PARC DE BAGATELLE

En-tête

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The Parc de Bagatelle spans 59 acres (24 hectares) in the north-western part of Bois de Boulogne. Hidden away, it is an idyllic and quiet place to discover, away from the noise and the crowd. It is even contrasting with other parts of Bois de Boulogne that can be sometimes a little bit creepy.

In the spring, millions of bulbs cover its large lawns; in May-June, the rose gardens display thousands of scented rose bushes and the water lilies pond provides a peaceful scene.
Nice in all seasons, its gentle landscapes with majestic trees, peaceful ponds and gardens provide many quiet places to rest with some visits of placid cats, elegant peacocks and families of geese.

Bois de Boulogne
Bagatelle
Atget
(INHA)

The château de Bagatelle, in reality, a pleasure pavilion once called a folly (or folie in French), turned into an extremely costly palace built in two months, as a bet between the Comte d'Artois and his sister-in-law, Queen Marie-Antoinette. This gave rise to the French expression: coûter une bagatelle – (cost an arm and a leg)...
It was indeed a youthful madness too since the youngest brother of Louis XVI was only twenty years old when he built Bagatelle on one of his properties. Things did not take long ... Bellanger, the architect, drew the plans in one night. More than 800 people worked day and night, from September 21st to November 26th, 1777. The best decorators and painters were commissioned: Hubert Robert, Fragonard, Greuze, ...
This folly, mainly for pleasure, was a small and luxurious house, quite a foolishness indeed. But, it was also in the middle of gardens, which is quite the initial meaning of a folly, a country retreat shaded by leaves (foleia in Latin).

At the top of the facade giving on the court of honor, one can read the Latin motto: parva sed apta, the house is small, but suitable. Indeed, before its transformation by Lord Seymour in 1835, it was smaller. It had a round drawing room in its centre, a dining room and a games room. Indeed, suitable too, especially for other more intimate games: in two boudoirs, one of which had walls and floors covered with mirrors, and in the rooms upstairs, also accessible by a staircase hidden behind wood panelling.

The other side of the pavilion, with rounded shapes like an exquisite sweet box, could only charm Marie-Antoinette.

  • Bagatelle
    Atget – 1919/1921
    (MoMA)

The two sphinxes statues flanking the door were made by taking the beautiful courtesan Rosalie Duthé as model.

Without the photo taken by Atget, and simply looking at the statue, it would be difficult today to say that the courtesan was beautiful as its features have so much hardened and became even rather unattractive. Ravages of time even for statues, but certainly pollution is a major factor of the wear...

Château de Bagatelle Bois de Boulogne
Sphinx statue with cherub on its back
Atget
(Musée Carnavalet)

A little bit later after the construction of the château, the park was  designed by Thomas Blaikie, a renowned Scottish landscape gardener. More to suit the taste of that time, he added small decorative features and curiosities, like a Chinese pagoda, a gazebo, a kiosk and Chinese bridges.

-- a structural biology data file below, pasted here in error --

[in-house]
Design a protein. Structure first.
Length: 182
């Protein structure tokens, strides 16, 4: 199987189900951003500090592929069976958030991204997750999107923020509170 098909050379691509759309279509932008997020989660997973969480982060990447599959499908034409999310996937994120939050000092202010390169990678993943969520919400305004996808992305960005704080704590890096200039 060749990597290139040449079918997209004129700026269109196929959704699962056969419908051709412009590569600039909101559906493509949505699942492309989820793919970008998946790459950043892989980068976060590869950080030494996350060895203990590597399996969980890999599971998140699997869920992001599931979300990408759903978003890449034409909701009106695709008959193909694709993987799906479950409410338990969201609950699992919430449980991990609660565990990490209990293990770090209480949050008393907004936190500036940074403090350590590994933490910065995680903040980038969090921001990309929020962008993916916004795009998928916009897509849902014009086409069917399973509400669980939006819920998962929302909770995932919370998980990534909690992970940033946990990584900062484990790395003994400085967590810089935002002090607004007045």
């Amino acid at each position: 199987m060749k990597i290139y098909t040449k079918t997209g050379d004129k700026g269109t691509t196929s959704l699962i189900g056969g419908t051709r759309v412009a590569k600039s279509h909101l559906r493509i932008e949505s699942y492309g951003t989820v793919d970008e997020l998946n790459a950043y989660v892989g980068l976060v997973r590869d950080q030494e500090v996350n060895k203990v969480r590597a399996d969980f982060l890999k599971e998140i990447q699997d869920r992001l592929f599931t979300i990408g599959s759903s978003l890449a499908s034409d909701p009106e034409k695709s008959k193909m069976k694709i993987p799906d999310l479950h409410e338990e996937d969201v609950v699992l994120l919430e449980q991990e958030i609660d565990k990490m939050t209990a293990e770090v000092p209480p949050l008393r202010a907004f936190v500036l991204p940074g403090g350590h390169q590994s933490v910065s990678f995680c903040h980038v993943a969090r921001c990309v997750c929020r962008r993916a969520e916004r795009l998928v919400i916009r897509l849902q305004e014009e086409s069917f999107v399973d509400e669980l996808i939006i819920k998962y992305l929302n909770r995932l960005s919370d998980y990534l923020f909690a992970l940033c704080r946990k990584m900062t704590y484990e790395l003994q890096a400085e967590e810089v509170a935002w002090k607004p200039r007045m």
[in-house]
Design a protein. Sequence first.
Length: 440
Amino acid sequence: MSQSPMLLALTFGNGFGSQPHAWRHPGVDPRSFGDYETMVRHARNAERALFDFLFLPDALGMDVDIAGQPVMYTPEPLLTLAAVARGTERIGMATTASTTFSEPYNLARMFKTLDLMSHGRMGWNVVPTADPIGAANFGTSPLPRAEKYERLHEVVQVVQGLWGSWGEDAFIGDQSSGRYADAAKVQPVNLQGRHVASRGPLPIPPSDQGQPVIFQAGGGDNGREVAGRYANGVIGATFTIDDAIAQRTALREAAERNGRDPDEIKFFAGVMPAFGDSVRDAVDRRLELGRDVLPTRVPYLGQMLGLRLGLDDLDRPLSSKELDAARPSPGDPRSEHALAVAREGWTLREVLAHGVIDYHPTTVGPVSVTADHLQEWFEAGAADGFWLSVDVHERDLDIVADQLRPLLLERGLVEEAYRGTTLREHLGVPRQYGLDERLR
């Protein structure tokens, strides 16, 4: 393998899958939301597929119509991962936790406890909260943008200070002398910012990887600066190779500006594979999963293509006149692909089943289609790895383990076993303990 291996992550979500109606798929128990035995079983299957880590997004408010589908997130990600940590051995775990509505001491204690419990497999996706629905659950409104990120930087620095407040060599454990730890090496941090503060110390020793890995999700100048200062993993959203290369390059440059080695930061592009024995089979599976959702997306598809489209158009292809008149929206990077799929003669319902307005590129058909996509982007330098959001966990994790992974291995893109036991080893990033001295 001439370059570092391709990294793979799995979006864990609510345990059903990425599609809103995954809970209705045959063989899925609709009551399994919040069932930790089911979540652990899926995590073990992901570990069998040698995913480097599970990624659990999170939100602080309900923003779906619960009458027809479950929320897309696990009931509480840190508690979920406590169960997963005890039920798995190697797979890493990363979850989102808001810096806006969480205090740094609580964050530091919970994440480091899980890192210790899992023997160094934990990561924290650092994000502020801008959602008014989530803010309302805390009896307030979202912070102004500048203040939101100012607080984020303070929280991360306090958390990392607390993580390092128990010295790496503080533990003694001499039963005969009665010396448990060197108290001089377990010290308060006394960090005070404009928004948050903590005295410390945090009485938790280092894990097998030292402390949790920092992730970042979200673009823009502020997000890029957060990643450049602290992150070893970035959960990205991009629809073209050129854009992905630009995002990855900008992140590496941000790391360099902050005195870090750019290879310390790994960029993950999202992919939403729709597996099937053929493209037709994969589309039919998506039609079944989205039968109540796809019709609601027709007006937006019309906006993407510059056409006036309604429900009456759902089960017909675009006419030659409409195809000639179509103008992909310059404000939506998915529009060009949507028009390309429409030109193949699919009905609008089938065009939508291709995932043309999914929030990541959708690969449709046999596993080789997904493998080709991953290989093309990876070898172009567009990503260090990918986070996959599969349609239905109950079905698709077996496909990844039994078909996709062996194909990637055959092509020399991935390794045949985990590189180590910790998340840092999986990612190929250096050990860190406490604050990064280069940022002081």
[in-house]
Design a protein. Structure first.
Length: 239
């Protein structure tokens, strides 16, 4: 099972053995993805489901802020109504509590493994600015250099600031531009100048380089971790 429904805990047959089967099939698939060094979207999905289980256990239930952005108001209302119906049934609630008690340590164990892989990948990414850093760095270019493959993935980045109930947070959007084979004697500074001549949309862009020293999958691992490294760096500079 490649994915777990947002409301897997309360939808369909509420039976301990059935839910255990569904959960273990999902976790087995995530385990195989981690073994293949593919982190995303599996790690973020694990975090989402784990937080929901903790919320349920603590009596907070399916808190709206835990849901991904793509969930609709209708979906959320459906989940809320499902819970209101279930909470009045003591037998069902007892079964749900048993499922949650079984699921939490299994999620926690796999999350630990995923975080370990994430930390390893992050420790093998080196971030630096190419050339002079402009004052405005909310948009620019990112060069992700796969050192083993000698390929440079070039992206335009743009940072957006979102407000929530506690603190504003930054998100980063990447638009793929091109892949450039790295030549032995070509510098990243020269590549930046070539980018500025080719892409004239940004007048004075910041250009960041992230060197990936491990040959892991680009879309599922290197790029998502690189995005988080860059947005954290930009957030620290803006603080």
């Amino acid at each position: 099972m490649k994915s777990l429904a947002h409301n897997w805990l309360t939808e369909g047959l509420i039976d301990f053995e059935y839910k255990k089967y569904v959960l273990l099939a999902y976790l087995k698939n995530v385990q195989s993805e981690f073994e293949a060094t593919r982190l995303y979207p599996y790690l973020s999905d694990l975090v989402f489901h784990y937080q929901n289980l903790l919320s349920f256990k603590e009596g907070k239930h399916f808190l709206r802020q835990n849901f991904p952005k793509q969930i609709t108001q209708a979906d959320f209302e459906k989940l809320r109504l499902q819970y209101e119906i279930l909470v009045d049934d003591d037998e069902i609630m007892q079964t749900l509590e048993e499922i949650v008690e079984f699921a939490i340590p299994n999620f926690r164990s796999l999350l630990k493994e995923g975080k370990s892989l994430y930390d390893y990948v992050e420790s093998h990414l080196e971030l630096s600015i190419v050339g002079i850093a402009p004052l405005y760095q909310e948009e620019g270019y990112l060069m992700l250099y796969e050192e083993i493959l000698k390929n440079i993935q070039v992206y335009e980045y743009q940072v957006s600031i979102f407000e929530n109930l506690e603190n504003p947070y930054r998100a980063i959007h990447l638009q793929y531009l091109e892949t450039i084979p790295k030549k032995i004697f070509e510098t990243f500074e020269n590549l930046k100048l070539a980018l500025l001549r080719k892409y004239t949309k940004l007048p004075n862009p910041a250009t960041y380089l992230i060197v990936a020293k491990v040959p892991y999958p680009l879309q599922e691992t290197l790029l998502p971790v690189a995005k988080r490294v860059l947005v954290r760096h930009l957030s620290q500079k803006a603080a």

Miraculously spared by the Revolution, Bagatelle was sold to Napoleon for his son the Roi de Rome.
After having been returned to the d'Artois family, it was acquired in 1835 by Lord Seymour, who bequeathed it to Richard Wallace, a collector and philanthropist who donated the famous green water fountains scattered throughout Paris. Richard Wallace added the Trianon, this long construction along the courtyard of honor and guarded by sphinxes statues.

  • Bois de Boulogne
    Bagatelle (Le trianon)
    Atget – 1909
    (INHA)

In 1905, the Château de Bagatelle and the park were purchased by the city of Paris. Jean-Claude Nicolas Forestier, a world-renowned landscape architect, created the floral gardens and the famous rose gardens. Forestier visited several times Giverny and inspired by Monet's water garden he designed for Bagatelle the very romantic water lily pond.

  • Bagatelle – Water lily
    Atget – 1925
    (MoMA)

 

Bagatelle is widely known for its roses. In 1907, Forestier created the international competition for new roses, held since in June of each year. Before Forestier created the rose garden, it was a meadow where the young imperial prince was riding. It is said that the Impress Eugenie liked to seat in the kiosk from where she could attend the lessons of horsemanship of her son.

There is an other rose garden composed of landscape roses on the western side behind the castle.

My first stroll just after the three months of confinement was in Bagatelle – High need to be in a park, and it was still too sad to walk in Paris with cafés and restaurants closed. This explains why the gardener's house on my photo had still its shutters closed and the gardens less flowered than usual. Sadder, the yearly Chopin music festival had to be cancelled this year.

As a consolation, a peacock came and displayed its magnificent feathers to the delight of my eyes ...

Copyright May 2020 - Martine Combes - text and photos of today Paris